Kepler’s Visionary Outlook: Over 2,500 Guests at the JKU Ball

On Friday, January 19, over 2,500 guests at the annual JKU Ball joined the JKU in celebrating ingenuity and creativity.

This year’s JKU Ball “SOMNIUM – A Night of Dreams” revolved around Johannes Kepler’s sci-fi novel of the same name.
During his opening remarks, Rector Meinhard Lukas recalled Kepler’s ‘visionary outlook’ which is synonymous for the JKU’s aspirations and the spirit that shapes everyone affiliated with the university. Rector Lukas spoke about the university’s development plan for the next six years: “Our strategy is much more than a common denominator – it is a manifesto for the future: for our university, for our students, for our location, for this region which was recently proclaimed by the governor to be a place of opportunities.”

The Rector emphasized that the JKU does not pursue short-term trends or lose sight of the hardware despite the importance of the software, but continues to rely on comprehensive education and reflective learning instead of offering trendy classes. “More than ever, we believe in the power of universities, especially during a time when knowledge is degenerating into a fast-moving consumer good and can hardly be distinguished from ‘fake news’. We strive for innovation in teaching and research and an enduring consistency in our values.”

Glimpse into the Future, Dreamlike Lunar Beings
The JKU University Orchestra opened the ball with a specially commissioned work titled “Somnium”.  Ball guests had an opportunity to visit an exhibition about research accomplishments at the Kepler University as well as future plans at the university, including campus enhancements such as the Kepler Hall auditorium, a new digital library, a sports and recreation area, and the extension of the TN Tower, home to the Faculty of Engineering & Natural Sciences, which includes a viewing platform that will also be named after Kepler’s narrative.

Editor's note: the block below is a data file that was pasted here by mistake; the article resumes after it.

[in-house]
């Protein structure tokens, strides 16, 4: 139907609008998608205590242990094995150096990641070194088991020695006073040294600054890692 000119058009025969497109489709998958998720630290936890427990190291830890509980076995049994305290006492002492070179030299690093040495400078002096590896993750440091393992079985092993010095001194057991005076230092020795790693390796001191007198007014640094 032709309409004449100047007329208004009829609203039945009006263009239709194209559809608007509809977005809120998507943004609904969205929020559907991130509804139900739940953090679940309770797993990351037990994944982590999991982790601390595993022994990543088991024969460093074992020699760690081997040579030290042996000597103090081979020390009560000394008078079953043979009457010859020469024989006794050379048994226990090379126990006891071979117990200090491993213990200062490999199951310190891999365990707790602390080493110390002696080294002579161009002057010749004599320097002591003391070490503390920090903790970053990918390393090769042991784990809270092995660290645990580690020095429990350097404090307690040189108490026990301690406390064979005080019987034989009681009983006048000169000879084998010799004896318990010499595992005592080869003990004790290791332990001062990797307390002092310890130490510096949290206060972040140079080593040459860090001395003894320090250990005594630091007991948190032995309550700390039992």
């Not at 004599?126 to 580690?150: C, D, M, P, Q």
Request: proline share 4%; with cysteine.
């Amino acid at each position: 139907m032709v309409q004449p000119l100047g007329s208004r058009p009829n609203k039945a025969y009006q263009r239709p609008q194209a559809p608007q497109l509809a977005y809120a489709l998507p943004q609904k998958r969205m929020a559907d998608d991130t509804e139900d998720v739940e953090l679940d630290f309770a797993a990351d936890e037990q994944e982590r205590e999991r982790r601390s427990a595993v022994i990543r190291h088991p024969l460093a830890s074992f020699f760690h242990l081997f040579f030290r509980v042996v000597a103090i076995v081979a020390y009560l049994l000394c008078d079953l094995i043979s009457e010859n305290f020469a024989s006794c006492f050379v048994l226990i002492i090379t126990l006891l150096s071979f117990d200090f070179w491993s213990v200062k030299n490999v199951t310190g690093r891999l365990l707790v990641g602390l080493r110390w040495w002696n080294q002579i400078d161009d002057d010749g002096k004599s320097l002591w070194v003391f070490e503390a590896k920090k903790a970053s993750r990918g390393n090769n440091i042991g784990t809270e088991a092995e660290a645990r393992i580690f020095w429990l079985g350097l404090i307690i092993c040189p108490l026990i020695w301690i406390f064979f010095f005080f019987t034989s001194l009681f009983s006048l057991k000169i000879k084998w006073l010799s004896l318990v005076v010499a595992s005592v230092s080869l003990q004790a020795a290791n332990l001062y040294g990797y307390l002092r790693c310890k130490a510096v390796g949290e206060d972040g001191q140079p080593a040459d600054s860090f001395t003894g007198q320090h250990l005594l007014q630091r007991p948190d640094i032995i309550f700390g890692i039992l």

This year’s theme was indeed dreamlike, particularly the midnight show featuring soprano Ilia Staple and bass-baritone Justus Seeger (State Theater in Linz) as they provided the musical background for acrobat Stefanie Millinger’s depiction of lunar being. The hand-balance artist, well known from the RTL show “Supertalent”, thrilled the audience as she seemed to defy gravity.
The JKU welcomed a number of distinguished guests of honor to this year’s ball, including Governor Thomas Stelzer, Deputy Governor Michael Strugl, PM Günther Steinkellner, Mayor Klaus Luger, Deputy Mayor Karin Hörzing, Deputy Mayor Detlef Wimmer, Councilwoman Regina Fechter, EU MP Paul Rübig and General Director Heinrich Schaller, chairman of the JKU Univery Council.

About Kepler’s Novel

Magical and dreamlike, Johannes Kepler’s narrative "Somnium" (The Dream) is widely considered to be the first work of science fiction by a scientist. The story is about a journey to the moon, traveling to strange spheres and worlds, encountering exotic animals – there is no limit to the imagination. Written in Latin in 1608, the novel was published posthumously by Kepler’s son Ludwig.  The story was partially translated into German only at the end of the 19th century. The full translation was completed only a few years ago.

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